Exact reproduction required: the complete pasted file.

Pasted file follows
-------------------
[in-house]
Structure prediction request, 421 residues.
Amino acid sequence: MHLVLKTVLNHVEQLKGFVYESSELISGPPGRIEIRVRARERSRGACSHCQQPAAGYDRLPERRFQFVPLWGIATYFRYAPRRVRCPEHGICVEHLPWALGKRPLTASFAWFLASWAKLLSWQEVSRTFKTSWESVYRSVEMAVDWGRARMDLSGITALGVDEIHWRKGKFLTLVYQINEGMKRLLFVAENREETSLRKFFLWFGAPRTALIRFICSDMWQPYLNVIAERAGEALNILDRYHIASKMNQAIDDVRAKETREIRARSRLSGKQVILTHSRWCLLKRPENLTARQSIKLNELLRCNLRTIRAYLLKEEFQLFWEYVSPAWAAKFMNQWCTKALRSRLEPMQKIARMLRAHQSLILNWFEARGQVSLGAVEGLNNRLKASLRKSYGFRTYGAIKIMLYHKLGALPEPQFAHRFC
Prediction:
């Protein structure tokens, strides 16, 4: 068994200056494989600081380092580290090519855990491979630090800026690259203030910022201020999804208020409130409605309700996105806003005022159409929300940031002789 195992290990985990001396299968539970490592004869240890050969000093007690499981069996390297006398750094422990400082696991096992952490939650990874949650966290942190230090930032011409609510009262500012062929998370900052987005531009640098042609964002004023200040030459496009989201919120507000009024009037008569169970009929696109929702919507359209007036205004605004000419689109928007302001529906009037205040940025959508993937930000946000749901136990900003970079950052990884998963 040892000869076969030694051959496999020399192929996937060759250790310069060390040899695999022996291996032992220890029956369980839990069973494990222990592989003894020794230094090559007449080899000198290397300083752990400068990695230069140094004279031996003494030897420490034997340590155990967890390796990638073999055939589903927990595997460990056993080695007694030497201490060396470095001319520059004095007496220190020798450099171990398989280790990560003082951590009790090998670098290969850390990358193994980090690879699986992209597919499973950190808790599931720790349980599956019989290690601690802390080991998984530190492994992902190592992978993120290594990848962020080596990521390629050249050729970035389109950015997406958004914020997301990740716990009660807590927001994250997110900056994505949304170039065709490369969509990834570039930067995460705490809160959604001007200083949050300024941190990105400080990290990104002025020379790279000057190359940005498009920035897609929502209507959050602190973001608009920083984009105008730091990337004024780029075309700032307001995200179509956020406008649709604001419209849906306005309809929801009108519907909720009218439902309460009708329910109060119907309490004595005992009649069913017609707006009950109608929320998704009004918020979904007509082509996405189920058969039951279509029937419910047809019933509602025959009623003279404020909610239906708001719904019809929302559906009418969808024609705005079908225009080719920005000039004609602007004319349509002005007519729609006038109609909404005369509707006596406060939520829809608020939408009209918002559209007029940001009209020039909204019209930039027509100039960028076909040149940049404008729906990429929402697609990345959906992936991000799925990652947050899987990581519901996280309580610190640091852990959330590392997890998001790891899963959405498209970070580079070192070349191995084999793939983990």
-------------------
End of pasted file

[in-house]
Structure prediction request, 421 residues.
Amino acid sequence: MHLVLKTVLNHVEQLKGFVYESSELISGPPGRIEIRVRARERSRGACSHCQQPAAGYDRLPERRFQFVPLWGIATYFRYAPRRVRCPEHGICVEHLPWALGKRPLTASFAWFLASWAKLLSWQEVSRTFKTSWESVYRSVEMAVDWGRARMDLSGITALGVDEIHWRKGKFLTLVYQINEGMKRLLFVAENREETSLRKFFLWFGAPRTALIRFICSDMWQPYLNVIAERAGEALNILDRYHIASKMNQAIDDVRAKETREIRARSRLSGKQVILTHSRWCLLKRPENLTARQSIKLNELLRCNLRTIRAYLLKEEFQLFWEYVSPAWAAKFMNQWCTKALRSRLEPMQKIARMLRAHQSLILNWFEARGQVSLGAVEGLNNRLKASLRKSYGFRTYGAIKIMLYHKLGALPEPQFAHRFC
Prediction:
């Protein structure tokens, strides 16, 4: 068994200056494989600081380092580290090519855990491979630090800026690259203030910022201020999804208020409130409605309700996105806003005022159409929300940031002789 195992290990985990001396299968539970490592004869240890050969000093007690499981069996390297006398750094422990400082696991096992952490939650990874949650966290942190230090930032011409609510009262500012062929998370900052987005531009640098042609964002004023200040030459496009989201919120507000009024009037008569169970009929696109929702919507359209007036205004605004000419689109928007302001529906009037205040940025959508993937930000946000749901136990900003970079950052990884998963 040892000869076969030694051959496999020399192929996937060759250790310069060390040899695999022996291996032992220890029956369980839990069973494990222990592989003894020794230094090559007449080899000198290397300083752990400068990695230069140094004279031996003494030897420490034997340590155990967890390796990638073999055939589903927990595997460990056993080695007694030497201490060396470095001319520059004095007496220190020798450099171990398989280790990560003082951590009790090998670098290969850390990358193994980090690879699986992209597919499973950190808790599931720790349980599956019989290690601690802390080991998984530190492994992902190592992978993120290594990848962020080596990521390629050249050729970035389109950015997406958004914020997301990740716990009660807590927001994250997110900056994505949304170039065709490369969509990834570039930067995460705490809160959604001007200083949050300024941190990105400080990290990104002025020379790279000057190359940005498009920035897609929502209507959050602190973001608009920083984009105008730091990337004024780029075309700032307001995200179509956020406008649709604001419209849906306005309809929801009108519907909720009218439902309460009708329910109060119907309490004595005992009649069913017609707006009950109608929320998704009004918020979904007509082509996405189920058969039951279509029937419910047809019933509602025959009623003279404020909610239906708001719904019809929302559906009418969808024609705005079908225009080719920005000039004609602007004319349509002005007519729609006038109609909404005369509707006596406060939520829809608020939408009209918002559209007029940001009209020039909204019209930039027509100039960028076909040149940049404008729906990429929402697609990345959906992936991000799925990652947050899987990581519901996280309580610190640091852990959330590392997890998001790891899963959405498209970070580079070192070349191995084999793939983990």